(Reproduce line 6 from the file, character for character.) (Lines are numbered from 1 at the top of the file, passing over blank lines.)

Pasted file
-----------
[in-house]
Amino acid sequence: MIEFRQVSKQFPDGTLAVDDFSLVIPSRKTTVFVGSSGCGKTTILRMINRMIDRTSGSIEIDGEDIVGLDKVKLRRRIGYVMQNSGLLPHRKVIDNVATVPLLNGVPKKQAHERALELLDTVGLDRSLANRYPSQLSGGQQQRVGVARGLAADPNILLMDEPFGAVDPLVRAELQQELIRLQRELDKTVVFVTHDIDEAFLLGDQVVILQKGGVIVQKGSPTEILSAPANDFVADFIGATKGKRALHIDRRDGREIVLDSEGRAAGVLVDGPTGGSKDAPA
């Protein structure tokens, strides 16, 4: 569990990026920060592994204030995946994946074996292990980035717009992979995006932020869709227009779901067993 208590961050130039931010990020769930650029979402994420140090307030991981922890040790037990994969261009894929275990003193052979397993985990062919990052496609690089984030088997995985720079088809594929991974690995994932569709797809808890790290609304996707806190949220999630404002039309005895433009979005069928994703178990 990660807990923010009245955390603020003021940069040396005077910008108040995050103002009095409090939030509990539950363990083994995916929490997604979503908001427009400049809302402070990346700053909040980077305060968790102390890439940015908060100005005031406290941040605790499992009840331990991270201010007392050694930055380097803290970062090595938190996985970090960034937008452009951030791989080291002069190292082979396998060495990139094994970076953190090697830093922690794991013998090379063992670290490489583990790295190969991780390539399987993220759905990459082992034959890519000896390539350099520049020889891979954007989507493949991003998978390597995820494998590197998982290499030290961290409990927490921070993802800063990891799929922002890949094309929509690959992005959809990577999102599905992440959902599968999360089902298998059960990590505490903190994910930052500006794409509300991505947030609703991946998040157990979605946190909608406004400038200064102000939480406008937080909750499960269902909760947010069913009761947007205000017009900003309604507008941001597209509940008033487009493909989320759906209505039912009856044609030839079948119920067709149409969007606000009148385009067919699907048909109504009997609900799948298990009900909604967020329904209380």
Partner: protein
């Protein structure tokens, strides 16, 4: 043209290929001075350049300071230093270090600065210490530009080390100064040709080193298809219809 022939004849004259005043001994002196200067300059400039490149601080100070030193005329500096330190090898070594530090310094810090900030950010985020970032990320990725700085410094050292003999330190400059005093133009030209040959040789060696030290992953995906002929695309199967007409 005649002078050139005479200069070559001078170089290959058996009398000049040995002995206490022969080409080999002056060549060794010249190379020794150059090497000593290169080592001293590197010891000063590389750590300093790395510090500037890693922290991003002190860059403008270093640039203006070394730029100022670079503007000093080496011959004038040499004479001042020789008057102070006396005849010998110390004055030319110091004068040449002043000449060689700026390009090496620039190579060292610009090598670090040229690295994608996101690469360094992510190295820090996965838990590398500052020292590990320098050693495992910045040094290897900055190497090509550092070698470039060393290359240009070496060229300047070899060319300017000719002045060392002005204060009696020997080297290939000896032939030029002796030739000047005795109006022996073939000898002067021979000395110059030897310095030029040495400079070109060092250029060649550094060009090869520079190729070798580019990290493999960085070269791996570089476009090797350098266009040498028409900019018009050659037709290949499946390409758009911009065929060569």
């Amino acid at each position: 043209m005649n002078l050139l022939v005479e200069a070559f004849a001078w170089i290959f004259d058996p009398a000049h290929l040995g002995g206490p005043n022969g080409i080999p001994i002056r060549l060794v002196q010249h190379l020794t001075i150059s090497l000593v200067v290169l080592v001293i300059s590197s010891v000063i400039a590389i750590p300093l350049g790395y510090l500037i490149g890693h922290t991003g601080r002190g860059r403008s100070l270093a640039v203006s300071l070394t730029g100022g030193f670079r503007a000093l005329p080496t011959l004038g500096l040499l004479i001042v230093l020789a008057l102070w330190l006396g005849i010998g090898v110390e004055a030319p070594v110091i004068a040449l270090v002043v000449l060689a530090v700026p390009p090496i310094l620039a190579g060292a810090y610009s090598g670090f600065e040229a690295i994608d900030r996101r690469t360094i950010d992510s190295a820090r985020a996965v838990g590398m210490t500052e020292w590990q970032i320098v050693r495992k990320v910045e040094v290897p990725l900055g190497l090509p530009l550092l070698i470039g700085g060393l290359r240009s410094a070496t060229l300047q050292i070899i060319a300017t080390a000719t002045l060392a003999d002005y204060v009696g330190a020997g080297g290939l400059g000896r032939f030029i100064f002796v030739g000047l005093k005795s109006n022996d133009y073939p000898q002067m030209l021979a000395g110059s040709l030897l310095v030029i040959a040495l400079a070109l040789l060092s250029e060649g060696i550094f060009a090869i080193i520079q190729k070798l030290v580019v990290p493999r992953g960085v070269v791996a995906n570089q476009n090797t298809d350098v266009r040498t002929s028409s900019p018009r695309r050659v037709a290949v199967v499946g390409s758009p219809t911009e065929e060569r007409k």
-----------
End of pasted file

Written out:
């Amino acid at each position: 043209m005649n002078l050139l022939v005479e200069a070559f004849a001078w170089i290959f004259d058996p009398a000049h290929l040995g002995g206490p005043n022969g080409i080999p001994i002056r060549l060794v002196q010249h190379l020794t001075i150059s090497l000593v200067v290169l080592v001293i300059s590197s010891v000063i400039a590389i750590p300093l350049g790395y510090l500037i490149g890693h922290t991003g601080r002190g860059r403008s100070l270093a640039v203006s300071l070394t730029g100022g030193f670079r503007a000093l005329p080496t011959l004038g500096l040499l004479i001042v230093l020789a008057l102070w330190l006396g005849i010998g090898v110390e004055a030319p070594v110091i004068a040449l270090v002043v000449l060689a530090v700026p390009p090496i310094l620039a190579g060292a810090y610009s090598g670090f600065e040229a690295i994608d900030r996101r690469t360094i950010d992510s190295a820090r985020a996965v838990g590398m210490t500052e020292w590990q970032i320098v050693r495992k990320v910045e040094v290897p990725l900055g190497l090509p530009l550092l070698i470039g700085g060393l290359r240009s410094a070496t060229l300047q050292i070899i060319a300017t080390a000719t002045l060392a003999d002005y204060v009696g330190a020997g080297g290939l400059g000896r032939f030029i100064f002796v030739g000047l005093k005795s109006n022996d133009y073939p000898q002067m030209l021979a000395g110059s040709l030897l310095v030029i040959a040495l400079a070109l040789l060092s250029e060649g060696i550094f060009a090869i080193i520079q190729k070798l030290v580019v990290p493999r992953g960085v070269v791996a995906n570089q476009n090797t298809d350098v266009r040498t002929s028409s900019p018009r695309r050659v037709a290949v199967v499946g390409s758009p219809t911009e065929e060569r007409k």